Static cost analysis

Abstract

It’s oen useful to ask questions about programs without actually running them. For example, we might want to know if a program contains some class of bugs such as division by zero or memory access errors. For compilers static information is vital for good quality machine code generation. Another class of questions is about cost of running a program. For instance, we might want to know if the program will terminate, or howmuch memory it uses, or we might need to approximate its run-time. Approximation of run-time is a useful in distributed systems for optimally planning execution of tasks. It’s well known that in general answering questions about non-trivial properties of programs is undecidable. However, this doesn’t mean that we cannot answer questions about wide class of programs or that we cannot provide approximations of answers we want to get. We call analysis of programs that is performed without actually executing the program a static program analysis. We will focus on static analysis of imperative programs. High-level programming languages are oen quite complicated and present significant challenge if we want to analyse the code wrien in one directly. e more syntactic cases to handle the more difficult the analysis problem becomes. is isn’t to say that static analysis can’t be done directly on high-level language, it oen is, and many static program analysis tools, that focus on detecting programmer errors, are designed in such way. However, in order to reduce complexity, a high-level program code is oen converted to a simpler, easy to handle, but semantically equivalent, form. is simpler form is either called intermediate code or representation. In this work we do not work on a concrete high-level language, but assume that program is represented as a sequence of simple statements. is could stand as an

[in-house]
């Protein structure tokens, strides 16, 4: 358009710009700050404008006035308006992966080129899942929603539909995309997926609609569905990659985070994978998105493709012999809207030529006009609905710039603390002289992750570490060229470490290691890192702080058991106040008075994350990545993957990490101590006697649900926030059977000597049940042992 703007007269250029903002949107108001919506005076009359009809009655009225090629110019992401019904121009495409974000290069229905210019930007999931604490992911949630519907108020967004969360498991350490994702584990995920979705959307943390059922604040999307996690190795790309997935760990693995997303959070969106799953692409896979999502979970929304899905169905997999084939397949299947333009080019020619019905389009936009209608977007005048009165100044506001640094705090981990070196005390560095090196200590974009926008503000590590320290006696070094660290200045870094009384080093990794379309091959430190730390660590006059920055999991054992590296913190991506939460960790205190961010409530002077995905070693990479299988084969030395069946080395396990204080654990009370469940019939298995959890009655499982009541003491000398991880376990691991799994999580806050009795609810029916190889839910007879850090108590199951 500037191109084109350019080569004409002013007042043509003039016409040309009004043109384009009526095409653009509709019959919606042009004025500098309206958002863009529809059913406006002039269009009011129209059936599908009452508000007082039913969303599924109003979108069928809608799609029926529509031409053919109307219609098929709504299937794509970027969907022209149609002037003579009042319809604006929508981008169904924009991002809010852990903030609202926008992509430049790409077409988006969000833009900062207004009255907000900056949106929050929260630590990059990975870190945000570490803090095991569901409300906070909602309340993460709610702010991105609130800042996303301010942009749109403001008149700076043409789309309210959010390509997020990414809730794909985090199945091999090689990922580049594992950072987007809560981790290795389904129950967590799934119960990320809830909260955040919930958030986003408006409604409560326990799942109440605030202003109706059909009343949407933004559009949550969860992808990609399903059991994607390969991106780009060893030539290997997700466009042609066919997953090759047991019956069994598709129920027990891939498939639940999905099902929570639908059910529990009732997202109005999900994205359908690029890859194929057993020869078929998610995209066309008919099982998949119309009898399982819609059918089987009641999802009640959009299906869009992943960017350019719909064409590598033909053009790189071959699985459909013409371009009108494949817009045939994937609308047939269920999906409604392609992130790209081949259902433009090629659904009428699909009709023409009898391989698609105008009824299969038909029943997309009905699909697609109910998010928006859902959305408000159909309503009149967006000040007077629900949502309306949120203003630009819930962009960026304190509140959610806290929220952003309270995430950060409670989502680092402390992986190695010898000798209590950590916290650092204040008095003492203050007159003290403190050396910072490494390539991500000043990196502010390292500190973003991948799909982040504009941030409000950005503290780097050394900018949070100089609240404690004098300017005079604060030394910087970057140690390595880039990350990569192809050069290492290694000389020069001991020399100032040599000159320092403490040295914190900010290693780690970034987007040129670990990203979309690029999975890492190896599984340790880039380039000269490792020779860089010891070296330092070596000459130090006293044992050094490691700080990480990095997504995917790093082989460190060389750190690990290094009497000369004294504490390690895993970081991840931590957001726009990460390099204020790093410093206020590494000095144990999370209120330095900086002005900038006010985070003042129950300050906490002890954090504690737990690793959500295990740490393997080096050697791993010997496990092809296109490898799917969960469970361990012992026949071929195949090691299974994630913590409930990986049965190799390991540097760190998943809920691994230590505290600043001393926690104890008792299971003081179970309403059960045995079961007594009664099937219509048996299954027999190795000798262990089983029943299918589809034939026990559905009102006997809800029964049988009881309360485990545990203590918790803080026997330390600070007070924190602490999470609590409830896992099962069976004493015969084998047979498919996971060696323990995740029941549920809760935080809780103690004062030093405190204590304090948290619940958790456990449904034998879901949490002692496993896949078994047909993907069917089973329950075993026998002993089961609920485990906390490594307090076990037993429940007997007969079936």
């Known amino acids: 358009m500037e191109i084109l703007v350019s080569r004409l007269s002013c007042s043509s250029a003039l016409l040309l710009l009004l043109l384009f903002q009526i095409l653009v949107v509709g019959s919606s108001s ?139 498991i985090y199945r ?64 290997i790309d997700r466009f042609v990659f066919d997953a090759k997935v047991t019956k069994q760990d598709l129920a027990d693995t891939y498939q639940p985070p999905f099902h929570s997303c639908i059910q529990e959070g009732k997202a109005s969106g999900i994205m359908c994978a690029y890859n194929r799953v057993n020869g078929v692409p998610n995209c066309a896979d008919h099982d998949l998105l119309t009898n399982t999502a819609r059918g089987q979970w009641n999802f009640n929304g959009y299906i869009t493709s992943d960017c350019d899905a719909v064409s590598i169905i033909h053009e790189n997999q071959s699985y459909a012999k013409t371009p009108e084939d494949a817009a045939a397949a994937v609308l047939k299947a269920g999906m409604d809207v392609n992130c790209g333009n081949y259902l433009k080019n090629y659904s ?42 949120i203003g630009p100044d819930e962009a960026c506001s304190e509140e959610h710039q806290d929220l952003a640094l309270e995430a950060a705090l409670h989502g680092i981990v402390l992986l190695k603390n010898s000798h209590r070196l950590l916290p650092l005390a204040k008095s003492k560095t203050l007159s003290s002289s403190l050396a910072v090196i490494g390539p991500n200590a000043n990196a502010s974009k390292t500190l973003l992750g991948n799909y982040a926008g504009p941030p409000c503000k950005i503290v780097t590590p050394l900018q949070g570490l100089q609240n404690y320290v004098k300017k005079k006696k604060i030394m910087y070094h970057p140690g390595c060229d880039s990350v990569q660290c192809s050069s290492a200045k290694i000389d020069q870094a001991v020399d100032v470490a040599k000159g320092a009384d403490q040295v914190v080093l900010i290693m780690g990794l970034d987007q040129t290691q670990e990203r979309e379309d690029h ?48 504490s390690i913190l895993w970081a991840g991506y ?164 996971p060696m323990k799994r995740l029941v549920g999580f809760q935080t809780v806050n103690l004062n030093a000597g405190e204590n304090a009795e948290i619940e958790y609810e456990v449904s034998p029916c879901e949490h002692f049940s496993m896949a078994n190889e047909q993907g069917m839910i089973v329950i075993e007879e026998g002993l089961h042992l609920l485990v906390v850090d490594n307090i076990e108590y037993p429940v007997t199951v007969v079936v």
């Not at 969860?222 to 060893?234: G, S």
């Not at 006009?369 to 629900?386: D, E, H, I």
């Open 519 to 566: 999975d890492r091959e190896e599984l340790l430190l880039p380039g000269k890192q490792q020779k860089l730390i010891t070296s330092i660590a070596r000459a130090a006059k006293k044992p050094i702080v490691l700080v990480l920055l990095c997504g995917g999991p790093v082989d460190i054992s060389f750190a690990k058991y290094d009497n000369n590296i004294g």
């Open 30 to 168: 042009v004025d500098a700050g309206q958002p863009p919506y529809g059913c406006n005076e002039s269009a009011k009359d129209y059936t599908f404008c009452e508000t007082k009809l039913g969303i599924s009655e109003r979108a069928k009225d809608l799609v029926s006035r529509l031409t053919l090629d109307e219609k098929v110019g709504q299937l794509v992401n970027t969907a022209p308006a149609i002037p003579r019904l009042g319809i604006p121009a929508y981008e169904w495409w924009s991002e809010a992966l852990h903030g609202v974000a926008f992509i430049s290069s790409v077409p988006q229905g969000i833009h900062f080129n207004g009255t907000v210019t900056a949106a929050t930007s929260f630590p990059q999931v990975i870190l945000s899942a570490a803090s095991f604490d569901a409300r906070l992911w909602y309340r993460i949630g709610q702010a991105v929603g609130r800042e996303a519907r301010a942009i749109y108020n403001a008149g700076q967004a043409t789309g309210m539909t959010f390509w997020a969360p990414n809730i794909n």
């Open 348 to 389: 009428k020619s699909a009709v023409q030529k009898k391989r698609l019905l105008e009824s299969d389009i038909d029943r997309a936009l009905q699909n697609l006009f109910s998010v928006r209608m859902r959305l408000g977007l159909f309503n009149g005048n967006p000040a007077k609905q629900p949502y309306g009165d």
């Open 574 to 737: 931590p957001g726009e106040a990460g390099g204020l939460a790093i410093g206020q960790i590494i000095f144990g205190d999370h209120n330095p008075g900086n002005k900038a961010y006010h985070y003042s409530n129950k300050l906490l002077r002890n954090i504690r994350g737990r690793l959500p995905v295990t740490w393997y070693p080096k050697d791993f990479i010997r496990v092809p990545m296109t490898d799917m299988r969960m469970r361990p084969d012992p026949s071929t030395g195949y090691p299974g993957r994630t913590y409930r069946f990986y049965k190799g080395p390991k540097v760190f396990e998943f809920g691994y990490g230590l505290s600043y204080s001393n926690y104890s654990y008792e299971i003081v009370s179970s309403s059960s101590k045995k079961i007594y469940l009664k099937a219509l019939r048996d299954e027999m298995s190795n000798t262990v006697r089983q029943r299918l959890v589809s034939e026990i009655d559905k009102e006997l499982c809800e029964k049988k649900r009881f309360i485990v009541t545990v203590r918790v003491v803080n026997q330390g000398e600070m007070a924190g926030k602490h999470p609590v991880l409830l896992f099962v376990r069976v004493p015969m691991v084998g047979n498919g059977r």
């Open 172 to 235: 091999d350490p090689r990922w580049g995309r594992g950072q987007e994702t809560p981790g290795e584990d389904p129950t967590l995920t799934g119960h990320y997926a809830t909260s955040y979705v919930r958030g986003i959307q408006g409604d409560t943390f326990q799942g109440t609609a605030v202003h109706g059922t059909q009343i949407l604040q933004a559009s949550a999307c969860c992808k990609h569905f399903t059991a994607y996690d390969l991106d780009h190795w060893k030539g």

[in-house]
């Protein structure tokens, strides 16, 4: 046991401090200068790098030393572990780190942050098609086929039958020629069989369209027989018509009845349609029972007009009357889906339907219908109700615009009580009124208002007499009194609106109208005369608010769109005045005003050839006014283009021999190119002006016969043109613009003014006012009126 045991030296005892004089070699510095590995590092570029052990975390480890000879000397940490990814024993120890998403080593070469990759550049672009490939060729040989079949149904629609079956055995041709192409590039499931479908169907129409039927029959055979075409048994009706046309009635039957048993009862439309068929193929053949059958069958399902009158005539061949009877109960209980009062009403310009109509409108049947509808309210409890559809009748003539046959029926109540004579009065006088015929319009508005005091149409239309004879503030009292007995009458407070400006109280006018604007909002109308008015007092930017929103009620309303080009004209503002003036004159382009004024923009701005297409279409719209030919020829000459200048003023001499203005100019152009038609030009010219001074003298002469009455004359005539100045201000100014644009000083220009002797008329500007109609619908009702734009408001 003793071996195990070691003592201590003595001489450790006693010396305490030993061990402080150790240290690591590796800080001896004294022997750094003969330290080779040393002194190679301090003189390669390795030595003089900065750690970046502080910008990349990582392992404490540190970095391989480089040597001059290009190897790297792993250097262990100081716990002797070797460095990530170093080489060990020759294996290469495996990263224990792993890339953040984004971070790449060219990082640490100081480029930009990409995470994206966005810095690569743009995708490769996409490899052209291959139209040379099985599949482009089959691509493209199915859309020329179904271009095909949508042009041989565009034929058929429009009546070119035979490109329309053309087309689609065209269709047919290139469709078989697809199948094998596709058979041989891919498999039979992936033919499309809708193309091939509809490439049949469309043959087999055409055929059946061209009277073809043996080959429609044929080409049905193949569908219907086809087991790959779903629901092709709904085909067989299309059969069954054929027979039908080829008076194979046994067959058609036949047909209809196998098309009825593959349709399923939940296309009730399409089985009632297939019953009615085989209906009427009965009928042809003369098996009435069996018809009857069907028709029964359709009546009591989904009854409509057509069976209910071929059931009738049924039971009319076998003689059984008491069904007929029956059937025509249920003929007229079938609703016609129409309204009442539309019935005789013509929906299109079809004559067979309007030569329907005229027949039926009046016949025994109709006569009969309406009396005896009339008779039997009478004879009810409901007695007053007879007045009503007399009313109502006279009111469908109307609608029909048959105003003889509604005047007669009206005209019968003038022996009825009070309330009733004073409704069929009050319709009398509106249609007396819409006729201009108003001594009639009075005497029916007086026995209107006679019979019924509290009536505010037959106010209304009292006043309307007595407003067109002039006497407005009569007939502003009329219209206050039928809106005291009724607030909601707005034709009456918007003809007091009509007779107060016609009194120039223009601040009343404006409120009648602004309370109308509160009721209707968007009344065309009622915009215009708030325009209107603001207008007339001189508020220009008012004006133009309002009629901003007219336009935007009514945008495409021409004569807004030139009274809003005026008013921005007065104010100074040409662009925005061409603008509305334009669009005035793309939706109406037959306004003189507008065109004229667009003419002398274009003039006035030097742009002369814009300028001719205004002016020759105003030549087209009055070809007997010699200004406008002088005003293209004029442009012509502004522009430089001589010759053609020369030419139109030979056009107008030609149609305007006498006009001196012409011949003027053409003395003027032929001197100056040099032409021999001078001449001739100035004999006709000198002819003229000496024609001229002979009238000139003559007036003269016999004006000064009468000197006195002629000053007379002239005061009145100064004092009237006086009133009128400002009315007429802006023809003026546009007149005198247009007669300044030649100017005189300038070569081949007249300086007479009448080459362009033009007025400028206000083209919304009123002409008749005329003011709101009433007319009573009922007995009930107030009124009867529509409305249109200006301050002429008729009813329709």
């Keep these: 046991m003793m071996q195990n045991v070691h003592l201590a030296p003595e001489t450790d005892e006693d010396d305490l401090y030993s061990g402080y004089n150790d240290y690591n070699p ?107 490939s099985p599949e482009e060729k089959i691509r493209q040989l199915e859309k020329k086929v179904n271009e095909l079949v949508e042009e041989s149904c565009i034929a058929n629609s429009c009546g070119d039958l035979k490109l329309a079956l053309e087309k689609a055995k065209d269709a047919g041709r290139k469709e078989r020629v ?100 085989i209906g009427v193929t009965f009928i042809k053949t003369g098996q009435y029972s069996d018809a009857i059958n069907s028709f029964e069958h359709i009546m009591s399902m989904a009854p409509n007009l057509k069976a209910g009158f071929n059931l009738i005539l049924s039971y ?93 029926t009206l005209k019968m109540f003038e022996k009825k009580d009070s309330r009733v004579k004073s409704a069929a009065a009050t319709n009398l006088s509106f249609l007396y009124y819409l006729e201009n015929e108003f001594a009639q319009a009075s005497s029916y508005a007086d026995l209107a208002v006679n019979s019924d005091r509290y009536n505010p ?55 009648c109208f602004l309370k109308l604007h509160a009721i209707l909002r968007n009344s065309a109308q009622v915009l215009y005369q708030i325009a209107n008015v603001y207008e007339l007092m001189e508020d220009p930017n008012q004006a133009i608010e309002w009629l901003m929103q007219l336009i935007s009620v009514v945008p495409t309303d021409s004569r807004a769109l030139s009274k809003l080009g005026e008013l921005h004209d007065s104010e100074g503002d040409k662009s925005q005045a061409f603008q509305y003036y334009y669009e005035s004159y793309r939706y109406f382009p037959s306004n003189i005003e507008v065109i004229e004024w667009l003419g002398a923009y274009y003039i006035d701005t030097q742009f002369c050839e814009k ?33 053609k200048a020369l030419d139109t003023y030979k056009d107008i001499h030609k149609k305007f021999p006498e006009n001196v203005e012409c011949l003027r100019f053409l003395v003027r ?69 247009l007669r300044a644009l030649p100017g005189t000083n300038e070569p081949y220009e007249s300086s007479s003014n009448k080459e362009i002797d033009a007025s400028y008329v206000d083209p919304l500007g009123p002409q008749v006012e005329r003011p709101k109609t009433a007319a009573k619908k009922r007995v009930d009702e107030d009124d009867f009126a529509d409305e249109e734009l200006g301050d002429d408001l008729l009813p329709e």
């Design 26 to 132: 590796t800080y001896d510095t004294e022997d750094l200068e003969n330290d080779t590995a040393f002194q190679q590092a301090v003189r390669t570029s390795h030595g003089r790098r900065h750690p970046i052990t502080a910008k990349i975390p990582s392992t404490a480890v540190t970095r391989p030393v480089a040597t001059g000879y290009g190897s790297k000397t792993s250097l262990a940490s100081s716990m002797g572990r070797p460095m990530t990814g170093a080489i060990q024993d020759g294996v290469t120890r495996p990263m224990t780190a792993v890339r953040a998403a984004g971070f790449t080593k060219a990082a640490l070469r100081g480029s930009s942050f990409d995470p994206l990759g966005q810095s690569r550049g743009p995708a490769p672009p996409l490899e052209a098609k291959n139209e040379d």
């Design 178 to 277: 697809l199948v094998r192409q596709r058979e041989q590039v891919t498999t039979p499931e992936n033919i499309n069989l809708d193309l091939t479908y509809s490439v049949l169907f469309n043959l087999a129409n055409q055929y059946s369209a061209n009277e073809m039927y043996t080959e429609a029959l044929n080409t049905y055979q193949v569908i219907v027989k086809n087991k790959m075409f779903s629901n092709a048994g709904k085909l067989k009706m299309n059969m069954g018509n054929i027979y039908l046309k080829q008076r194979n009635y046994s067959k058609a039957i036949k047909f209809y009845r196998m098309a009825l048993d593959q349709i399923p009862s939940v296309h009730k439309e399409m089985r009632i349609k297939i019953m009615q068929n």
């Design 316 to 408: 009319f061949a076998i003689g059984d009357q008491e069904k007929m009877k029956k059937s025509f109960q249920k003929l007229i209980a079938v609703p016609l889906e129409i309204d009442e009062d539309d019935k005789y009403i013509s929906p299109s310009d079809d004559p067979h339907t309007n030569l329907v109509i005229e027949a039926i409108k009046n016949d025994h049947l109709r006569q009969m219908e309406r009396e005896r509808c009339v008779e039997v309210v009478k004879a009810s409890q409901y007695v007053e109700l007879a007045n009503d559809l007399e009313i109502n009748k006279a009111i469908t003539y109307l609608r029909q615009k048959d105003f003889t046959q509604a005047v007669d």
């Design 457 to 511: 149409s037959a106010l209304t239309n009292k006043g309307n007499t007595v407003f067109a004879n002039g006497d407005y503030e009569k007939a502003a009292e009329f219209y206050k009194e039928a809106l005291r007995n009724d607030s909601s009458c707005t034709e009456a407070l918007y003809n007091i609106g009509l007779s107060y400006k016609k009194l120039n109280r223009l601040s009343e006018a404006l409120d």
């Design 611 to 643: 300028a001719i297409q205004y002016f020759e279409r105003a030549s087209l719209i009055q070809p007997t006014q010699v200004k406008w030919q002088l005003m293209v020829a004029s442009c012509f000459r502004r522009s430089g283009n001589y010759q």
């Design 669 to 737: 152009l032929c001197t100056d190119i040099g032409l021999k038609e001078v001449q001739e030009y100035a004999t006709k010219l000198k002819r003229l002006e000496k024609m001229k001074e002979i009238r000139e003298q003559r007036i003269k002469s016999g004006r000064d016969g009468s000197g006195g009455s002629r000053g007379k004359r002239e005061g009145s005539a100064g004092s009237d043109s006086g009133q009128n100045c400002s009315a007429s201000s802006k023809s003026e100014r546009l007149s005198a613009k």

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Cite this paper

@inproceedings{Randmets2012StaticCA, title={Static cost analysis}, author={Jaak Randmets}, year={2012} }